As the night wore on, ready to melt into the morning, KK was extremely sympathetic to a light engine that was held up at Ichangadu waiting for a path to Kallakudi Palanganatham. In fact, if the entire night were to be a melodrama, the light engine would be the tear-jerker and KK would have been the one shedding tears. As the night wore on, ready to melt into the morning, ‘Start both’ became a rather monotonous order from the controller to the SMs in the section; just an hour or so earlier, many trains were held over for two crossings – probably the most unlucky of them could have been the 6107/08 MS–MAQ–MS Expresses, 1063/64 MS–SA–MS Expresses and 1044 MDULTT Express. As night started to give way to morning, close to 0300, station after station started asking a question of the controller – line clear for up trains? The controller, with a quick glance at the graph monitor (the other one was used to click the timings at stations) cleared this. This meant that all down trains (towards TPJ) were clear of, for example, Ulundurpet station; Ulundurpet now just had to run through all trains towards MS – anything to the contrary would be specifically brought to the notice by the controller.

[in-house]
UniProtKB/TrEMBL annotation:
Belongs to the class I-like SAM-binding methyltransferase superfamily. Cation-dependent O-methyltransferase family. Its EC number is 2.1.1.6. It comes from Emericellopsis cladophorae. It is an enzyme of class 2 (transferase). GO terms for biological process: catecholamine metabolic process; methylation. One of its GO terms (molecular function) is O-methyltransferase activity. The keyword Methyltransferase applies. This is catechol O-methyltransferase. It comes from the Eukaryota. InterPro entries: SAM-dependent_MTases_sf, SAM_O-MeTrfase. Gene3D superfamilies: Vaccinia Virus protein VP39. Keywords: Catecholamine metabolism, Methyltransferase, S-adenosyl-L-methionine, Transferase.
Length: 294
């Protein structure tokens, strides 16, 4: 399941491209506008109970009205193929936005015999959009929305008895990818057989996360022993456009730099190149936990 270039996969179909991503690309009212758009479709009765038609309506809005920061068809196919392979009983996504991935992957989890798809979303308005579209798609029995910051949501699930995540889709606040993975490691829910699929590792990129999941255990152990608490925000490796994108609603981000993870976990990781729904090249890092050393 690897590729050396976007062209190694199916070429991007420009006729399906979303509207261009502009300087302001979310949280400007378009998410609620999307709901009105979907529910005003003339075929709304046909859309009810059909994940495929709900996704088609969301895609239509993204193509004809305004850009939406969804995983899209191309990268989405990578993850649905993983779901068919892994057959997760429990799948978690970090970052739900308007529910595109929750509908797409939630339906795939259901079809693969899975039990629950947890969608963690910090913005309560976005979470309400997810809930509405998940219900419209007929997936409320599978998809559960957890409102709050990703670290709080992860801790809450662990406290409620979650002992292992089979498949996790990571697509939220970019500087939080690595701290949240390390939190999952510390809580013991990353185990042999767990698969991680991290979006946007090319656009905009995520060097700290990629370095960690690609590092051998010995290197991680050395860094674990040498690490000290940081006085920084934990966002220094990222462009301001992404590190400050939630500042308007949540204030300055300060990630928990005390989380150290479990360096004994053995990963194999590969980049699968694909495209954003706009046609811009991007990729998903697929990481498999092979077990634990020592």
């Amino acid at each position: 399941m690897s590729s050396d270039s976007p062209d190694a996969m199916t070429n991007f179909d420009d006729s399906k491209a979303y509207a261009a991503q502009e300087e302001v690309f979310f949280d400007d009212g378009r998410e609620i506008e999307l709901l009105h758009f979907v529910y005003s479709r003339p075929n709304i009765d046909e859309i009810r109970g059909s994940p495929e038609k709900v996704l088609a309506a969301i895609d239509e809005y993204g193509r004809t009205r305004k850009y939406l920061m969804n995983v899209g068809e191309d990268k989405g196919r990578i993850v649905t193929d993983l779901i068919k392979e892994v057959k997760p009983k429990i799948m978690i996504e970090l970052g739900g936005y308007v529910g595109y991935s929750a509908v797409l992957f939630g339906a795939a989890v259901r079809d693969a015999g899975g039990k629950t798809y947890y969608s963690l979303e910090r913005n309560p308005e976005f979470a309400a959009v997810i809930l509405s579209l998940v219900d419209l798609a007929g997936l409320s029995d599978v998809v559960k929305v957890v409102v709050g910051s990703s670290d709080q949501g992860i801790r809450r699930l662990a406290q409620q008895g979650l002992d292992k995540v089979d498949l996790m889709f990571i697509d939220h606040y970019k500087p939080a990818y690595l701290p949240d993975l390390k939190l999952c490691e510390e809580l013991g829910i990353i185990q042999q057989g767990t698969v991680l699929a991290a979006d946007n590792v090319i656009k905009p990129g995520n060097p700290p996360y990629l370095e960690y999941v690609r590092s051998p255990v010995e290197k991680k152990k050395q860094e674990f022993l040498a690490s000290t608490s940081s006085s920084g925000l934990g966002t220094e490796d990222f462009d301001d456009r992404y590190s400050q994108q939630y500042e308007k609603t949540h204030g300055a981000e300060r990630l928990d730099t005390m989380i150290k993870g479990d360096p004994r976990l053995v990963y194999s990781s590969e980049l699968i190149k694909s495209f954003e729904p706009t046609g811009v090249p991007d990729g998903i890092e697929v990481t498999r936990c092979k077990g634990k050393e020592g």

It was close to 0345 when the burden of staying awake all night was telling on us – the doorplating earlier on the Pallavan was adding to the strain on the eyes – that we decided to call it a day. As the second, then the third, then the fourth station was given all clear for UP trains, we decided to take leave of the Control Centre.

At the end of the night, rather end of the day at a rather surprising time of 0400 at the control, the only overwhelming thought for all of us there – Ranga, KK and the staff included – was the sheer lack of forethought of doubling the line; unfortunately and more foolishly, the electric lobby had won another battle – making the network lose in the bargain.

At the end of the night, rather end of the day, if ever there was one person relieved that it all went off wonderfully well, it was the Montek of the group – the Kamal Naths would be proved wrong. After all, this Montek had three plans ready; the last two failed, but Plan A had clicked. As we sauntered our way and crashed into our beds, the only refrain that was constantly ringing in our ears was ‘Start Both’.